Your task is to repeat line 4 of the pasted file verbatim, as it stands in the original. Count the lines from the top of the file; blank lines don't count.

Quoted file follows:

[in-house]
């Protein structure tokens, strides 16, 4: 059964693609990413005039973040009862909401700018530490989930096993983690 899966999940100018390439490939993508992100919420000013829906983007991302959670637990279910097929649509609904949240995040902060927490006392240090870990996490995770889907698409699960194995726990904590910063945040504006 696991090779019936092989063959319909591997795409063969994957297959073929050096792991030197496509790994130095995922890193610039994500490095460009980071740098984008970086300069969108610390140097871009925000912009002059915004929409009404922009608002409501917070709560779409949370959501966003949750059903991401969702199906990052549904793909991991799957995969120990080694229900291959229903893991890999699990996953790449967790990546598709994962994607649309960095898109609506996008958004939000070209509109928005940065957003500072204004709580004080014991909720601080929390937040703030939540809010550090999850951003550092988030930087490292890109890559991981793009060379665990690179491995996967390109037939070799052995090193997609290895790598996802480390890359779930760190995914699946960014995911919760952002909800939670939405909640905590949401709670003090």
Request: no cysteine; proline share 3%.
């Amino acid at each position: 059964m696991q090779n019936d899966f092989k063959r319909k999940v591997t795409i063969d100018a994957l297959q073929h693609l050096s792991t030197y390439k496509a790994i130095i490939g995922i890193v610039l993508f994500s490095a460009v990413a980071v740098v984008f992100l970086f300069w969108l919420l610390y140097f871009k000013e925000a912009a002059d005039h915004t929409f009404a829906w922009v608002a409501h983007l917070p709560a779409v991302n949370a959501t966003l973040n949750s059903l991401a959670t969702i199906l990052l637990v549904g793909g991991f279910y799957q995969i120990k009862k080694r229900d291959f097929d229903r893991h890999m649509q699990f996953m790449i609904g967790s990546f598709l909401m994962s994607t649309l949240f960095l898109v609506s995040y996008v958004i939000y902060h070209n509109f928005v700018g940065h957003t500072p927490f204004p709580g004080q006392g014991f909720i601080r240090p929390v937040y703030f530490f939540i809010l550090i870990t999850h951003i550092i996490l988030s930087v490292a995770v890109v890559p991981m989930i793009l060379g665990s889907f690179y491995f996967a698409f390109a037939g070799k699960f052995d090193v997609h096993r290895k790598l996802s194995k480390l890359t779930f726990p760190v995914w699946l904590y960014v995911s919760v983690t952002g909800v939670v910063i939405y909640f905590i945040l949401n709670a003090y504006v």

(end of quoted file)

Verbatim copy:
């Amino acid at each position: 059964m696991q090779n019936d899966f092989k063959r319909k999940v591997t795409i063969d100018a994957l297959q073929h693609l050096s792991t030197y390439k496509a790994i130095i490939g995922i890193v610039l993508f994500s490095a460009v990413a980071v740098v984008f992100l970086f300069w969108l919420l610390y140097f871009k000013e925000a912009a002059d005039h915004t929409f009404a829906w922009v608002a409501h983007l917070p709560a779409v991302n949370a959501t966003l973040n949750s059903l991401a959670t969702i199906l990052l637990v549904g793909g991991f279910y799957q995969i120990k009862k080694r229900d291959f097929d229903r893991h890999m649509q699990f996953m790449i609904g967790s990546f598709l909401m994962s994607t649309l949240f960095l898109v609506s995040y996008v958004i939000y902060h070209n509109f928005v700018g940065h957003t500072p927490f204004p709580g004080q006392g014991f909720i601080r240090p929390v937040y703030f530490f939540i809010l550090i870990t999850h951003i550092i996490l988030s930087v490292a995770v890109v890559p991981m989930i793009l060379g665990s889907f690179y491995f996967a698409f390109a037939g070799k699960f052995d090193v997609h096993r290895k790598l996802s194995k480390l890359t779930f726990p760190v995914w699946l904590y960014v995911s919760v983690t952002g909800v939670v910063i939405y909640f905590i945040l949401n709670a003090y504006v």